July 17, 2012; Chicago, IL, USA; Miami Marlins third baseman Hanley Ramirez (2) hits a home run during the seventh inning against the Chicago Cubs at Wrigley Field. Mandatory Credit: Rob Grabowski-USA TODAY Sports

Hanley Ramirez and Marlins Fan: Memories, Superstardom and the Success that Never Came

On a warm weekday night in downtown Miami the Marlins are playing the Los Angeles Dodgers, all of a sudden the unmistakable sound of “boos” rain down from all over Marlins Park to a single target, walking to the right-handed batter’s box, Hanley Ramirez.

Marlins fans since Hanley was traded last July have decided to make him the villain as a player that is unequivocally deserving of the derision being rained upon him in the heart of Little Havana. Marlins fans have decided that Hanley was the one to blame, for the trade, that he didn’t play hard during the 2012 season as a way to ensure his ticket out of South Florida. That is the narrative that Marlins fans, including me, have chosen in vilifying Hanley. But sometimes the evidence outweighs constructed narratives and I think this situation needs some facts.

Hanley for better or worse was the Marlin’s franchise for 6 years, the key to the future after the 2005 fire sale and over that span despite some ups and downs. Including questions about his “commitment,” “effort,” and “hustle.” A matter for another article entirely Hanley was the ninth best player and the best shortstop in baseball over those seven years.

Name HR SB BB% K% ISO BABIP OBP SLG wOBA wRC+ WAR
Albert Pujols 274 63 13.4 % 9.3 % 0.279 0.3 0.412 0.598 0.419 162 48.5
Chase Utley 156 99 10.1 % 14.4 % 0.211 0.308 0.383 0.501 0.382 132 42.5
Miguel Cabrera 243 27 11.6 % 15.8 % 0.25 0.346 0.405 0.575 0.412 154 39.2
Matt Holliday 196 78 10.1 % 16.7 % 0.229 0.347 0.393 0.544 0.402 145 37.9
David Wright 163 143 11.7 % 19.0 % 0.201 0.344 0.383 0.502 0.379 135 36
Joe Mauer 79 29 12.5 % 10.2 % 0.145 0.35 0.411 0.473 0.382 136 34.2
Alex Rodriguez 218 92 12.0 % 18.9 % 0.242 0.31 0.383 0.53 0.391 140 33.4
Adrian Beltre 180 50 6.0 % 14.3 % 0.208 0.299 0.335 0.497 0.355 118 32.2
Hanley Ramirez 158 237 9.6 % 16.7 % 0.197 0.332 0.371 0.496 0.373 128 32
Carlos Beltran 172 97 12.4 % 15.8 % 0.234 0.297 0.372 0.517 0.377 134 31.2
Robinson Cano 163 30 5.9 % 11.8 % 0.199 0.322 0.355 0.509 0.369 127 31
Ryan Zimmerman 153 30 9.2 % 17.0 % 0.192 0.315 0.352 0.478 0.357 119 30.8
Curtis Granderson 202 113 10.3 % 22.8 % 0.231 0.304 0.342 0.493 0.36 120 30.7
Ryan Braun 202 126 7.9 % 17.9 % 0.255 0.34 0.374 0.568 0.402 149 30.7
Jose Reyes 78 318 8.2 % 9.8 % 0.158 0.314 0.353 0.454 0.348 114 30.3
Jimmy Rollins 134 232 8.0 % 10.3 % 0.178 0.274 0.328 0.445 0.334 101 29.6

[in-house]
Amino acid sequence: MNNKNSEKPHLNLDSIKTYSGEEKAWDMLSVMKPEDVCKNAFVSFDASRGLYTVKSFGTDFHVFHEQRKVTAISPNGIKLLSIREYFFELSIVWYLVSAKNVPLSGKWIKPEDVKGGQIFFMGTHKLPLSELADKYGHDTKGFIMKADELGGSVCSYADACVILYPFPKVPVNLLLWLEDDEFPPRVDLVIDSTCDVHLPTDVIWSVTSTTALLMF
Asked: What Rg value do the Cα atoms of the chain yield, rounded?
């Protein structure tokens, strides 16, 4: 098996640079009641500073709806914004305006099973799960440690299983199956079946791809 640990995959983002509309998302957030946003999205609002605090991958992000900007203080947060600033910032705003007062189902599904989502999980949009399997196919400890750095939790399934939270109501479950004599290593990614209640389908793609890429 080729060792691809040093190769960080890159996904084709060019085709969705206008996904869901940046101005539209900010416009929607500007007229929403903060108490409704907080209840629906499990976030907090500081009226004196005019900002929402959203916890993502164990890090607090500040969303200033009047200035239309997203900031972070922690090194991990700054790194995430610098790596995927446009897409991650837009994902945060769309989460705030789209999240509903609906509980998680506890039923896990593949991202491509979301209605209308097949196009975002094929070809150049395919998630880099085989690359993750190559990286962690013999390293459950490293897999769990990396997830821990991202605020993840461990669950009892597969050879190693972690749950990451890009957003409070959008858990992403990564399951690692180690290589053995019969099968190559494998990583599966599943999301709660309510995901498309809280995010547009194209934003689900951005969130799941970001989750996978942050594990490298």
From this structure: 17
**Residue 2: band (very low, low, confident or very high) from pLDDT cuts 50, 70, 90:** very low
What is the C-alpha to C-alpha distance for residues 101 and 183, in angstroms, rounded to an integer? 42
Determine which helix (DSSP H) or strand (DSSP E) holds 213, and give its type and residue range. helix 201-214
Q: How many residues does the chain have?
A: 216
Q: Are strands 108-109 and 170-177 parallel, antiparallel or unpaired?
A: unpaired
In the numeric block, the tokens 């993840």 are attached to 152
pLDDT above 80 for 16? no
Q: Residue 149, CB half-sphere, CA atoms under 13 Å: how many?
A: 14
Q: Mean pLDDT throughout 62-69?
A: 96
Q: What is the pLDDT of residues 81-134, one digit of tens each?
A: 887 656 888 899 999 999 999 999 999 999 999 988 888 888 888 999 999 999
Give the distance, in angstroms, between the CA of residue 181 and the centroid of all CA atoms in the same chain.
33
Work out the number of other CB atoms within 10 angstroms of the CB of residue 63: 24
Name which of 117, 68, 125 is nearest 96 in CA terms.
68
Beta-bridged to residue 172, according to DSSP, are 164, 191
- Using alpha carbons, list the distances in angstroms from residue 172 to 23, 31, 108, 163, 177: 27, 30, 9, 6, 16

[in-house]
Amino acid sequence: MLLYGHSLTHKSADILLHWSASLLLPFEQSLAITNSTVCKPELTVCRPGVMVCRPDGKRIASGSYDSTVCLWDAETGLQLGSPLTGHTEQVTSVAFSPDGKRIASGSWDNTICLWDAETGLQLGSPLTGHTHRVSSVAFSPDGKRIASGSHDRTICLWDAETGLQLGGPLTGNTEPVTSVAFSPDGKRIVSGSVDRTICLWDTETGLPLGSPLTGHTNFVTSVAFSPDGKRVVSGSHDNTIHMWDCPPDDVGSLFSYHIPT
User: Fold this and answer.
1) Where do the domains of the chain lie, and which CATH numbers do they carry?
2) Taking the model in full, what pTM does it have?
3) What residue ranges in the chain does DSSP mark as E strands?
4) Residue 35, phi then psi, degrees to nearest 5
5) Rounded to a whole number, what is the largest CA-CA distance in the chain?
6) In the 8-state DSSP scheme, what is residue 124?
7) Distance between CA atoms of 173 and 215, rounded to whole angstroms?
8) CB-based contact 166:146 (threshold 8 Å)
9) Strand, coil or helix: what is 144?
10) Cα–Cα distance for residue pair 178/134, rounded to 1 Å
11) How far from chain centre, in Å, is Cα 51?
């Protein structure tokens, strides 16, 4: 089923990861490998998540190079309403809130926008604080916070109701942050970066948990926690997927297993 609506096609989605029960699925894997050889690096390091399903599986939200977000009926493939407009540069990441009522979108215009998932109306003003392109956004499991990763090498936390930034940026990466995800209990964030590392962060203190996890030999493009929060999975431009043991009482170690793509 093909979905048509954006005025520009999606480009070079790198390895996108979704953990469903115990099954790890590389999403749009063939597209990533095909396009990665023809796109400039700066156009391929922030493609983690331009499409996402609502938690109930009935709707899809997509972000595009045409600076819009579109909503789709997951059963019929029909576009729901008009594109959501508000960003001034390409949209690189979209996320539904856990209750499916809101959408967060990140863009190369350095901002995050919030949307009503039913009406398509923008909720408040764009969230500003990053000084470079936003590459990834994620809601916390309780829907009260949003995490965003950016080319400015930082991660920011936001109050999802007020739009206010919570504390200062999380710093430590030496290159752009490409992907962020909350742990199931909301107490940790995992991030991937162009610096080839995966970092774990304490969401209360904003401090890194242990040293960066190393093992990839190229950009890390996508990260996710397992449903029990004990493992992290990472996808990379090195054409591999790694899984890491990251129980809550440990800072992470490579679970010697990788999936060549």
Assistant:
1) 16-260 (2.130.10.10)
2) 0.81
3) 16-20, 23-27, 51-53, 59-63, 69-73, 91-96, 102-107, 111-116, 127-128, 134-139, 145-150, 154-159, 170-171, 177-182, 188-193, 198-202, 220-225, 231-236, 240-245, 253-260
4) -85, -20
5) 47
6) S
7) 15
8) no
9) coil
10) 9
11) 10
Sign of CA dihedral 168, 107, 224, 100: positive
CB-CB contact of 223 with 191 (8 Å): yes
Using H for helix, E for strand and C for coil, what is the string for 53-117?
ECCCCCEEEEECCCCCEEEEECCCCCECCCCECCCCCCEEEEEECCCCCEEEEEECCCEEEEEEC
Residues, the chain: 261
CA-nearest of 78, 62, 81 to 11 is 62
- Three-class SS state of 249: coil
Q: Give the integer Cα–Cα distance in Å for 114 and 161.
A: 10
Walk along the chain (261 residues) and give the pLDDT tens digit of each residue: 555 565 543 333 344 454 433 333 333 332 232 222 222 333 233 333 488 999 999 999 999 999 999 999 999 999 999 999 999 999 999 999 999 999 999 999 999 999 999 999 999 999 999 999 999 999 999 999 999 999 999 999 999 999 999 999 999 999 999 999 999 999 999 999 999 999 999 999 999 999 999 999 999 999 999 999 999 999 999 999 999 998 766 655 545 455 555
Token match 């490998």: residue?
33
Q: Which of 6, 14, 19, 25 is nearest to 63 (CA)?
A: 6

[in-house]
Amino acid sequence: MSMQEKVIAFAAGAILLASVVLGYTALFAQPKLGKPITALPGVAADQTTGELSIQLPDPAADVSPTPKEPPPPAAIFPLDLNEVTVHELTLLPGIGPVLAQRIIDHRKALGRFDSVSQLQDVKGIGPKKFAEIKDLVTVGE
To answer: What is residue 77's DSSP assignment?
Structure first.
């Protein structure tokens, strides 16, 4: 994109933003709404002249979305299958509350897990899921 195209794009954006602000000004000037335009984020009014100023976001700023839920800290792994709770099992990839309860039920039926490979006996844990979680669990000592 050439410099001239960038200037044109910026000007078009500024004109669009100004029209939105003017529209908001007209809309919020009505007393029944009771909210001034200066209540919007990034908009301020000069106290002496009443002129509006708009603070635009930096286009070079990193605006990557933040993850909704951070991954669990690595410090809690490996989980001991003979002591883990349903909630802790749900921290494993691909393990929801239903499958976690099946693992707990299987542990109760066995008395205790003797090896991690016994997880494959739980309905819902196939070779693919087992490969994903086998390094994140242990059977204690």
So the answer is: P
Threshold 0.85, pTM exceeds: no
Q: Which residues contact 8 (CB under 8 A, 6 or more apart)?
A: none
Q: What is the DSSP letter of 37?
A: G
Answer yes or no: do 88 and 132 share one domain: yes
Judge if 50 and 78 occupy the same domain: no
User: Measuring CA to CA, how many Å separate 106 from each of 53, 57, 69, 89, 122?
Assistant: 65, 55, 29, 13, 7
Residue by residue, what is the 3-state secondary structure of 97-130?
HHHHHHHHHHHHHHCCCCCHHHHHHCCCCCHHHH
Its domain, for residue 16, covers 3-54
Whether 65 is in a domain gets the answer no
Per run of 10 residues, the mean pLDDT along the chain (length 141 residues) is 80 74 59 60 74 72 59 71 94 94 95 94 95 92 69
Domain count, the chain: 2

Adrian Gonzalez 206 4 10.8 % 17.6 % 0.214 0.327 0.375 0.511 0.376 135 29.5
Evan Longoria 130 36 11.1 % 19.8 % 0.24 0.303 0.361 0.516 0.373 136 29.3
Mark Teixeira 231 12 12.2 % 16.5 % 0.243 0.289 0.373 0.521 0.382 133 29.3
Dustin Pedroia 90 102 9.1 % 8.6 % 0.159 0.311 0.369 0.461 0.362 119 28.9
Derek Jeter 86 133 8.2 % 13.3 % 0.116 0.35 0.376 0.428 0.356 117 28.1

Over that span the Marlins, the fans, the press and the community had one of the best players in baseball, but now that he’s gone to a major market team we chose to make him into a villain. I see why that can be such an easy thing to do. Sports fans feel like they’re owed something from their superstars, we’re paying your contract and in return we expect a championship – at least, your best performance, night in and night out. And since Hanley Ramirez didn’t give the people of Miami and the Marlins fans either, we’ve collectively concluded that he was to blame for everything that went down in him getting traded to the Dodgers. But Hanley as athletically gifted as he is, can only do so much with an injured shoulder, which plagued him during the 2012 season, both in Miami and in Los Angeles.

He was injured in 2012 and I remember that sometime during the 2011-12 off-season Hanley Ramirez compared himself and Jose Reyes to Lebron James and Dwyane Wade. That in one word is chutzpah, to compare yourself to Lebron James and then proceed to struggle at third base, slashing .246/.322/.437 with only 14 HR. Then the following year becoming a MVP caliber player again. The narrative in itself has merit but it is lazy and ignores the facts. Marlins fans that hold the view that Hanley Ramirez was “sandbagging” the team in 2012, can hold on to that notion despite it being wrong.

Another valid point relating to the backlash is not aimed directly at Hanley but at management and ownership, Hanley Ramirez in that sense is just a symbol, for all of the talent that Marlins had trade over the years because they couldn’t afford to keep them. Miguel Cabrera, Gary Sheffield, Livan Hernandez, Jeff Conine, Robb Nenn, to name just a few. Marlins fans are frustrated by management and ownership and rightly so and they feel, validly, that the 2012 season “binge and purge” is the ultimate manifestation of Jeffrey Loria playing with their emotions. Hanley being traded was not his fault and was not of his own doing he was just one more victim of having to play baseball for the Marlins franchise. Don’t worry, Giancarlo’s turn isn’t far off. He sure will look good in pinstripes or pelting the green monster seats.

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Tags: Hanley Ramirez Jeffrey Loria Los Angeles Dodger Miami Marlins

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